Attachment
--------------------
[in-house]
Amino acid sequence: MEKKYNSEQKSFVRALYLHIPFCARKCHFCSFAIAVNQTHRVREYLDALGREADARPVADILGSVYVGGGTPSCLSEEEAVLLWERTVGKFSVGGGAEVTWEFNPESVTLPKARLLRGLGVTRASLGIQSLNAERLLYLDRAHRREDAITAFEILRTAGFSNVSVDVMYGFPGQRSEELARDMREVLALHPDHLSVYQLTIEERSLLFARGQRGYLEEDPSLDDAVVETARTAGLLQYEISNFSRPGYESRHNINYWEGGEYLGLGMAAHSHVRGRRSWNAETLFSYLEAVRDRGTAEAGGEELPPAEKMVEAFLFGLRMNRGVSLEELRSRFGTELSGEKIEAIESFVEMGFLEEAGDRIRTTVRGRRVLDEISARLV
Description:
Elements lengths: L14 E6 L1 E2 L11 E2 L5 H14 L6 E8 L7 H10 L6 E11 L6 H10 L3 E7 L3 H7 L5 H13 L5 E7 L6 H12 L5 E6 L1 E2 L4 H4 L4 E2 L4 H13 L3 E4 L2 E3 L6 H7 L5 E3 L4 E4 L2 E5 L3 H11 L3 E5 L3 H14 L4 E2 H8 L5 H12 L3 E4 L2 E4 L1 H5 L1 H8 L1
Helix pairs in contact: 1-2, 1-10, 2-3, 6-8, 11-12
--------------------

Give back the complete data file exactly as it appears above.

[in-house]
Amino acid sequence: MEKKYNSEQKSFVRALYLHIPFCARKCHFCSFAIAVNQTHRVREYLDALGREADARPVADILGSVYVGGGTPSCLSEEEAVLLWERTVGKFSVGGGAEVTWEFNPESVTLPKARLLRGLGVTRASLGIQSLNAERLLYLDRAHRREDAITAFEILRTAGFSNVSVDVMYGFPGQRSEELARDMREVLALHPDHLSVYQLTIEERSLLFARGQRGYLEEDPSLDDAVVETARTAGLLQYEISNFSRPGYESRHNINYWEGGEYLGLGMAAHSHVRGRRSWNAETLFSYLEAVRDRGTAEAGGEELPPAEKMVEAFLFGLRMNRGVSLEELRSRFGTELSGEKIEAIESFVEMGFLEEAGDRIRTTVRGRRVLDEISARLV
Description:
Elements lengths: L14 E6 L1 E2 L11 E2 L5 H14 L6 E8 L7 H10 L6 E11 L6 H10 L3 E7 L3 H7 L5 H13 L5 E7 L6 H12 L5 E6 L1 E2 L4 H4 L4 E2 L4 H13 L3 E4 L2 E3 L6 H7 L5 E3 L4 E4 L2 E5 L3 H11 L3 E5 L3 H14 L4 E2 H8 L5 H12 L3 E4 L2 E4 L1 H5 L1 H8 L1
Helix pairs in contact: 1-2, 1-10, 2-3, 6-8, 11-12